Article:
The Oakland Athletics always seem to have great pitching. When I saw that the Indians would face Tommy Milone during this four game series, I was a bit concerned. Prior to tonight, he was 1-0 with a 3.27 ERA and 11 strikeouts in 11 innings pitched against the Indians. While he’s definitely not untouchable, I guess my mind is still programmed to 2012, when pretty much every left-handed pitcher looked like the long lost twin of Sandy Koufax. The Indians certainly did not really have an offensive outburst against Milone, but thanks to the stellar performance of Zach McAllister, their one unearned run was enough to get them the W.
For as much as the Indians’ pitching staff has made me nervous so far this season (and still does make me nervous, to a certain extent) you have to give them props for their performances recently. The starting staff has really stepped it up as the Indians have won 8 of their last 9; even their one loss in that span (credited to Corey Kluber) wasn’t necessarily the fault of the starter. Kluber kept it close enough to win, but it was just an off day by the offense. (Also, excuse me while I go knock on every piece of wood in my house). What this shows though, is what we all were saying before the season – if this team gets good performances from their starters, they can do great things.
There are times so far in this young season that the starters have been downright dominant. Tonight was already the fifth time this season that the Indians have shut out their opponent, and the second time that they won a game 1-0 (they did this previously on Friday, April 12 against the White Sox). Do you know when the Indians earned their first shutout last season? On April 29 against the Angels. Their fifth shutout came on June 22, and they got their first (and only) 1-0 victory on July 13. The Indians only had six total shutouts in all of 2012 and they’re just one away from tying that figure in the first week of May. We all, unfortunately, remember the epic collapse last summer. However, early in the 2012 season it seemed like the Tribe was firing on all cylinders when it came to both pitching an offense. Far from perfect, but enough to keep them in contention into the summer. They’ve been better than that in many ways so far in 2013; you have to hope that it’s a sign of things to come and not just a fluke.
While I really like Zach McAllister, I’ve always been a bit skeptic of his abilities. I thought that he’d obviously work fine as a fourth or fifth starter, but I never expected him to completely dazzle me. Tonight, he dazzled me. In 7.2 innings pitched, he allowed 0 ER on just 5 hits, walking one and striking out four. After he handed the ball over to the bullpen, Rich Hill and Chris Perez maintained the shutout and helped the Indians get the win. Perez earned his fourth save and lowered his ERA to 0.82. With Vinny Pestano’s cranky elbow, it’s good to see that the bullpen can still maintain the score in close games without the 7-8-9 trio of Joe Smith, Pestano and Perez.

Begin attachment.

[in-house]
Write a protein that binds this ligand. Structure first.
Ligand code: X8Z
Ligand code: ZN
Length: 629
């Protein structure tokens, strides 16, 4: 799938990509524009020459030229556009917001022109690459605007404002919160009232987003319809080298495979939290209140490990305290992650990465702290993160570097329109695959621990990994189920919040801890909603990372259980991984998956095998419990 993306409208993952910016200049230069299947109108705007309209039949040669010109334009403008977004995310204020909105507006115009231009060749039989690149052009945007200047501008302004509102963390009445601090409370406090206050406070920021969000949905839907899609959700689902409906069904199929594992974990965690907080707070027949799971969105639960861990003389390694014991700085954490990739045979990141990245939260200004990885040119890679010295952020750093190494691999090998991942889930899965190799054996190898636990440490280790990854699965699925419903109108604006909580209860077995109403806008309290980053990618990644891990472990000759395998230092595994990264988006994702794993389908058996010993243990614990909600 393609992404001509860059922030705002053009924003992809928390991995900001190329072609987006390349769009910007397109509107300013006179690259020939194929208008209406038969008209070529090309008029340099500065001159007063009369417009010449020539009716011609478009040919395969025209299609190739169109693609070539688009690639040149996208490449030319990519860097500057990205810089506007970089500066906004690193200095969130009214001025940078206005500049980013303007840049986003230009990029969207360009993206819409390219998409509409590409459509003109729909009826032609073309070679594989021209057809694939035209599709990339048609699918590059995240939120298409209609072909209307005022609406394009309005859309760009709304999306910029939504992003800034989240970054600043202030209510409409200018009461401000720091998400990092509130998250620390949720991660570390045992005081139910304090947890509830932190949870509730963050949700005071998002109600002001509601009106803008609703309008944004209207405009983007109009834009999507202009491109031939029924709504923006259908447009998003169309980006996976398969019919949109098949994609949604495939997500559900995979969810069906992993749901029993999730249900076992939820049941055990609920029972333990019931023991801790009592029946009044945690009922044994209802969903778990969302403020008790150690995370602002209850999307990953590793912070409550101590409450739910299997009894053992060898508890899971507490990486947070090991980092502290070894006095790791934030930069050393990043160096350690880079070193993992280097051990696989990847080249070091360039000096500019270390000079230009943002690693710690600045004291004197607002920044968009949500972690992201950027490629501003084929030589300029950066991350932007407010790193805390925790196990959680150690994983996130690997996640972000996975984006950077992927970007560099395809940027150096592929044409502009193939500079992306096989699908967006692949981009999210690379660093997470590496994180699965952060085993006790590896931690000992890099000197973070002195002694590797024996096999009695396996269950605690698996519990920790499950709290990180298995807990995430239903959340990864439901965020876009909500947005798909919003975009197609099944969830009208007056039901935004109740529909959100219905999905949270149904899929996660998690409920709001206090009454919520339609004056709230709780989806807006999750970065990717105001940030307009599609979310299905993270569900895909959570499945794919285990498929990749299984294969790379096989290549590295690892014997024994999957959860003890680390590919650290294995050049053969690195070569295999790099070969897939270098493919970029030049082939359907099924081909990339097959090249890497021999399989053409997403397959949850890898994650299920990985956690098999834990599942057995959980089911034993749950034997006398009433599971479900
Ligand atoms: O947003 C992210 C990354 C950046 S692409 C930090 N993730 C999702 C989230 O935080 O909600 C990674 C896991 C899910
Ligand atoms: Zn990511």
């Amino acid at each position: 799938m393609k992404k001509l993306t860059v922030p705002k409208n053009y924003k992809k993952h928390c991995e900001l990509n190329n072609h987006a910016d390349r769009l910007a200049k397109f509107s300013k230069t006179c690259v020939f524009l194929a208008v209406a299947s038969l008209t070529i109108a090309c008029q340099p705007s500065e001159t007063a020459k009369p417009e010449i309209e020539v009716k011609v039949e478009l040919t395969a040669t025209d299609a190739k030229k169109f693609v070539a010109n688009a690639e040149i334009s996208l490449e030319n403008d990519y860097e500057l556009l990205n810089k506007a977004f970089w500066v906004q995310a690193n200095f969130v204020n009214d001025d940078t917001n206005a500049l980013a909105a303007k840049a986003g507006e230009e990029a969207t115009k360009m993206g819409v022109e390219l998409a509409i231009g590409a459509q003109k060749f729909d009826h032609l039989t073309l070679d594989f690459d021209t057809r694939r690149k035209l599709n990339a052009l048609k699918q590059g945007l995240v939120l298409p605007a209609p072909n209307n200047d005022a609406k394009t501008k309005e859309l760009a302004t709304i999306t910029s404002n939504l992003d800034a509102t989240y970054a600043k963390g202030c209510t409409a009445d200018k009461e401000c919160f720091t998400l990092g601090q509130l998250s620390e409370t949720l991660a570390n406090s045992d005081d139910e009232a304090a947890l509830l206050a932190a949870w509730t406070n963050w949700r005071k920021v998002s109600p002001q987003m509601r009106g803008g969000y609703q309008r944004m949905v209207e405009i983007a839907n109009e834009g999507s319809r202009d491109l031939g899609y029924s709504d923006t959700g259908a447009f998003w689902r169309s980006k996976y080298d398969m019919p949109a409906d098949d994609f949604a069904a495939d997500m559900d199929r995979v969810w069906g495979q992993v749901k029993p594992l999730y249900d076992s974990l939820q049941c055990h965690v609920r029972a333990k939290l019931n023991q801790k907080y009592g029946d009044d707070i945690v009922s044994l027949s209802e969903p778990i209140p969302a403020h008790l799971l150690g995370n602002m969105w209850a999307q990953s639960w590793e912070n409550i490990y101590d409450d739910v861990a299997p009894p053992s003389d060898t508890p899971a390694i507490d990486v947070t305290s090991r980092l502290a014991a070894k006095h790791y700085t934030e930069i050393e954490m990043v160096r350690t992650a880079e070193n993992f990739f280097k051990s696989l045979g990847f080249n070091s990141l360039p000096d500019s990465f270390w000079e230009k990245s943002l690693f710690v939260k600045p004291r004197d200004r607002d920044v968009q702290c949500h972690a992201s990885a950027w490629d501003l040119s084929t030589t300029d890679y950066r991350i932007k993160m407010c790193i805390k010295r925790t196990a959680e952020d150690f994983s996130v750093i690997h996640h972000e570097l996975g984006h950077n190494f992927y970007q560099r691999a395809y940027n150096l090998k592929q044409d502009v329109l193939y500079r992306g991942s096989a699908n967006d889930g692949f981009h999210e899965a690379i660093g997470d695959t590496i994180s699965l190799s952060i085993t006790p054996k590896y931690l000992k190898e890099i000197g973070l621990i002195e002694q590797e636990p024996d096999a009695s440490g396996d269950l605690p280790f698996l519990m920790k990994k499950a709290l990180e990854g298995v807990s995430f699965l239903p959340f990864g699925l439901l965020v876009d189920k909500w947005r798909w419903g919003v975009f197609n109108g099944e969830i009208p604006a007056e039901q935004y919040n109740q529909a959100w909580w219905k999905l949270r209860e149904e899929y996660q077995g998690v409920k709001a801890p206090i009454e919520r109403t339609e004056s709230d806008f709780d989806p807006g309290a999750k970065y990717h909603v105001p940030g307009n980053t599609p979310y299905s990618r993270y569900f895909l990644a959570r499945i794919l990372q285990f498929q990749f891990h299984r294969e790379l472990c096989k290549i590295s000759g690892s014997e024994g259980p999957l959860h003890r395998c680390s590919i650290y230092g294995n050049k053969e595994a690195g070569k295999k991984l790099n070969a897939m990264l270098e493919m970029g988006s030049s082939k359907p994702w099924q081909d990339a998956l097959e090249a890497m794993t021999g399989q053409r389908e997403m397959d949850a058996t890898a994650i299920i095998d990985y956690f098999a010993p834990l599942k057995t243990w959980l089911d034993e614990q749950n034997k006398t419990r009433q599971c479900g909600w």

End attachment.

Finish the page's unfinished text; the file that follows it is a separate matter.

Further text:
Even though Milone effectively shut down the offense, the Indians still managed to make the most of their minimal opportunities. When Carlos Santana made it to second after errors by Oakland first baseman Brandon Moss and second baseman Eric Sogard in the bottom of the fifth, it set the stage for a Mike Aviles single and a long sacrifice fly by Yan Gomes. They only got five hits, and struck out five times, but it was all they needed with McAllister on the mound. An amazing side note about Milone – he didn’t walk anyone tonight. While pitchers often have nights with great control, Milone has only walked six people all year, in 39 innings pitched (over seven games).
And speaking of Yan Gomes, he made a spectacular throw to nail a running Yoenis Cespedes (who himself is a fun player to watch) as he tried to steal second in the ninth inning. The A’s only hits all night were singles; however, you still don’t want to let the tying run get to second with fewer than two outs. When Gomes nailed Cespedes, he really minimized the damage from his one-out single. I have nothing against Lou Marson, but I’m really loving Yan Gomes. I hate the idea of him spending much of his time on the bench; it’s probably ultimately better for him to get regular playing time in Columbus. I still love to watch him play with the Indians though.
For the last two games of the series, the Indians will face two solid pitchers in A.J. Griffin and familiar face Bartolo Colon. Colon is 3-1 with a 3.62 ERA and 1.04 WHIP so far this year, despite the fact that one day soon he’ll be large enough to have his own gravitational pull. I guess if you’re still pitching well at Colon’s age (39) your physique doesn’t really matter – whatever works, works. Griffin will match up against Justin Masterson, while Colon will face Scott Kazmir. If we get a pitcher’s duel from Colon and Kazmir, we can party like it’s 2005.